St Giles' Church, Barrow

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St Giles' Church, Barrow
St Giles Church - - 415898.jpg
St Giles' Church, Barrow, from the southeast
St Giles' Church, Barrow is located in Shropshire
St Giles' Church, Barrow
St Giles' Church, Barrow
Location in Shropshire
Coordinates: 52°35′47″N 2°30′23″W / 52.5965°N 2.5065°W / 52.5965; -2.5065
OS grid reference SO 658 999
Location Barrow, Shropshire
Country England
Denomination Anglican
Website Broseley Parishes
Dedication Saint Giles
Status Parish church
Functional status Active
Heritage designation Grade I
Designated 24 October 1950
Architect(s) G. E. Street, Ewan Christian
Architectural type Church
Style Saxon, Norman,
Neoclassical (porch),
Gothic Revival (north chapel)
Materials Stone and brick, tiled roofs
Parish Linley with Willey and Barrow
Deanery Telford Severn Gorge
Archdeaconry Ludlow
Diocese Hereford
Province Canterbury
Rector Revd Sue Beverly

St Giles' Church is in the hamlet of Barrow, Shropshire, England. It is an active Anglican parish church in the deanery of Telford Severn Gorge, the archdeaconry of Ludlow, and the diocese of Hereford. Its benefice is united with those of All Saints, Broseley, St Mary, Jackfield, St Bartholomew, Benthall, and St Leonard, Linley.[1] The church is recorded in the National Heritage List for England as a designated Grade I listed building.[2] It is one of the earliest surviving churches in Shropshire, and contains the county's only Saxon chancel.[3]


St Giles' was originally built as a chapel to Wenlock Abbey. The date of origin of its chancel is uncertain; it has been suggested that this was as early as the 8th century, but it is more likely that it originated in the 11th century. The Norman nave dates from about 1100, and probably replaced an earlier timber nave. The lower parts of the tower date from later in the 12th century. A brick south porch was built in 1705, and the brick top stage of the tower and its pyramidal roof were added during the 18th century. The church was restored in 1851–52 by G. E. Street. In 1894–95 Ewan Christian built the north chapel to replace a chapel dating from 1688, and also rebuilt the east wall of the chancel.[3]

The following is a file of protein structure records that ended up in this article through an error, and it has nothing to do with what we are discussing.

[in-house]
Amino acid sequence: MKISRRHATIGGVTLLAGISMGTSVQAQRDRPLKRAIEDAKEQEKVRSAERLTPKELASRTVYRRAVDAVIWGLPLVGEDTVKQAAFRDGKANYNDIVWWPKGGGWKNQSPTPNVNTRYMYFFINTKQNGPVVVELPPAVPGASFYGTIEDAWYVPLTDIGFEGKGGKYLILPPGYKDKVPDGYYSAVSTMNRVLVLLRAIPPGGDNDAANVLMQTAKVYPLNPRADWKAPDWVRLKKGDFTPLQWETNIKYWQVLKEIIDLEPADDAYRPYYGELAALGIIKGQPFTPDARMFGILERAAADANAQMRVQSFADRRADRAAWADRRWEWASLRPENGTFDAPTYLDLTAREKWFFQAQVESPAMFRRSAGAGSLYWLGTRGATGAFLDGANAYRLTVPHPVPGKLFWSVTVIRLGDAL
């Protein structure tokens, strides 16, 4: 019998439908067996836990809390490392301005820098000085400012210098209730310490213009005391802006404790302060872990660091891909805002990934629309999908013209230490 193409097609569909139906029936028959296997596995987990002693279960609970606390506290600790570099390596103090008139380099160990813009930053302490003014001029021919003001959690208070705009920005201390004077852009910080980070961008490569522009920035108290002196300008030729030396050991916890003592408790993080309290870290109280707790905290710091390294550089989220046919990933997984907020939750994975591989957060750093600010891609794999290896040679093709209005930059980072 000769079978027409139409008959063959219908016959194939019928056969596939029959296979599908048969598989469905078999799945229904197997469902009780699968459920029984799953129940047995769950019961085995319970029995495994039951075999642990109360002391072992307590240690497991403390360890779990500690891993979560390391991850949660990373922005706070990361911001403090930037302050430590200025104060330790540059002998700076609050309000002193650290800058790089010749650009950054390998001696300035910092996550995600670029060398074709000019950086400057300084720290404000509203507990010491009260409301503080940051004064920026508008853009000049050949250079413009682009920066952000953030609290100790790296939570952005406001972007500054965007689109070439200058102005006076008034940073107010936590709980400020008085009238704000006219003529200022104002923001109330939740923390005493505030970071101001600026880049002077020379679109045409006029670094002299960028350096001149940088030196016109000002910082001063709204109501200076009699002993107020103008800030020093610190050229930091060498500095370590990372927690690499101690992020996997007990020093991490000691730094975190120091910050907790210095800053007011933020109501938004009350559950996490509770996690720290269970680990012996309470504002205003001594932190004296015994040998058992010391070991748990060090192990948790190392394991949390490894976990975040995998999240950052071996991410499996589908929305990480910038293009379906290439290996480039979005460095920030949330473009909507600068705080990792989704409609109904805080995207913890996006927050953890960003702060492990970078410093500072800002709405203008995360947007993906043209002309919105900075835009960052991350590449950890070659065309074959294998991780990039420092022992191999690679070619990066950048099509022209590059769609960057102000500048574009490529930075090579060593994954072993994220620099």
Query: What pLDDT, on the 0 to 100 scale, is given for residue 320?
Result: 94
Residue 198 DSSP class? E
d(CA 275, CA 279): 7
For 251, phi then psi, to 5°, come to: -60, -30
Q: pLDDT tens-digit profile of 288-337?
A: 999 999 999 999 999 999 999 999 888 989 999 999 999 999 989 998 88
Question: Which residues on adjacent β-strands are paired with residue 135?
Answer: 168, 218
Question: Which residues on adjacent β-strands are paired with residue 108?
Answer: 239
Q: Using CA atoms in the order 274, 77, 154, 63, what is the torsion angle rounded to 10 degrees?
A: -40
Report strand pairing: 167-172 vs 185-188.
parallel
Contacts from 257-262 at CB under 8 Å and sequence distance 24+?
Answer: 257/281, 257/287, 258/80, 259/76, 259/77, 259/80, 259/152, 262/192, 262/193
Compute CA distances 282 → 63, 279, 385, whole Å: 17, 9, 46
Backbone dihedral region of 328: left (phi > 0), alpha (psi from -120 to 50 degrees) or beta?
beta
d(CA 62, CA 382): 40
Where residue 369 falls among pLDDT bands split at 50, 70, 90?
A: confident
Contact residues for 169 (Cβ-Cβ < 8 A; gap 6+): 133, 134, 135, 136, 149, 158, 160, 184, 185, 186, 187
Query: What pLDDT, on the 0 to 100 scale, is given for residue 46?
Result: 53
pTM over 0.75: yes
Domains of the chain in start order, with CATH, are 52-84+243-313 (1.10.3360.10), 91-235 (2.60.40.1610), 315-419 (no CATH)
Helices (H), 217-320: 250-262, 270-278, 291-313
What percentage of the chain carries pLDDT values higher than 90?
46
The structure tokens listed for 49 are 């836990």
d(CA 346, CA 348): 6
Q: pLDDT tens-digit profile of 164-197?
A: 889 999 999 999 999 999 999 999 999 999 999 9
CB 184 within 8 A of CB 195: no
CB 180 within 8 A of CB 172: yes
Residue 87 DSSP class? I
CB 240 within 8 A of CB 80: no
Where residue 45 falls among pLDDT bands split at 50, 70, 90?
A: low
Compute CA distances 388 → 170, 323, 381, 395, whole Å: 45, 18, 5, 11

Other than the brick top stage of the tower and the porch, the church is constructed in stone with tiled roofs.[2] On the north wall of the chancel is a Saxon window and traces of a strip pilaster. In the south wall is a Norman priest's doorway which cuts into an earlier window. In the nave the Norman features consist of two windows in the north wall, and a window and a doorway in the south wall. The tower has a Norman west doorway and one Norman window. The east wall of the nave has been built around the east gable of the chancel.[3] The porch is Neoclassical in style; it is built in red brick with rusticated stone quoins. Its outer doorway is round-headed with a keystone, flanked by a pair of oculi. Inside the porch is a pillar piscina.[2]


The chancel arch is Saxon in origin, but it was altered during Street's restoration. The tower arch consists of the original Norman west doorway of the nave before the tower was built. Its tympanum, now seen from within the tower, is decorated with three tiers of saltire crosses in squares.[3] The font consists of a plain tub on a cylindrical stem, and probably dates from the 12th century. The timber pulpit is in the shape of a drum, and is decorated with traceried panels. Also in the church is a poor box dating from about 1690 that is mounted in a later stem. The wall monuments date from the 17th, 18th and 19th centuries.[2]

External features[edit]

In the churchyard is the Neoclassical chest tomb of John Rose, the creator of the Coalport China Works, who died in 1841. It is listed at Grade II.[4]

Barrow Church Cemetery contains the war grave of a Royal Artillery soldier of World War II.[5]

See also[edit]


  1. ^ Barrow: St Giles, Barrow, Church of England, retrieved 6 November 2012 
  2. ^ a b c d Historic England, "Church of St Giles, Barrow (1367837)", National Heritage List for England, retrieved 6 November 2012 
  3. ^ a b c d Newman, John; Pevsner, Nikolaus (2006), Shropshire, The Buildings of England, New Haven and London: Yale University Press, pp. 132–133, ISBN 0-300-12083-4 
  4. ^ Historic England, "Chest tomb of John Rose 10 metres to the north of St Giles Church, Barrow (1391787)", National Heritage List for England, retrieved 6 November 2012 
  5. ^ [1] CWGC casualty record.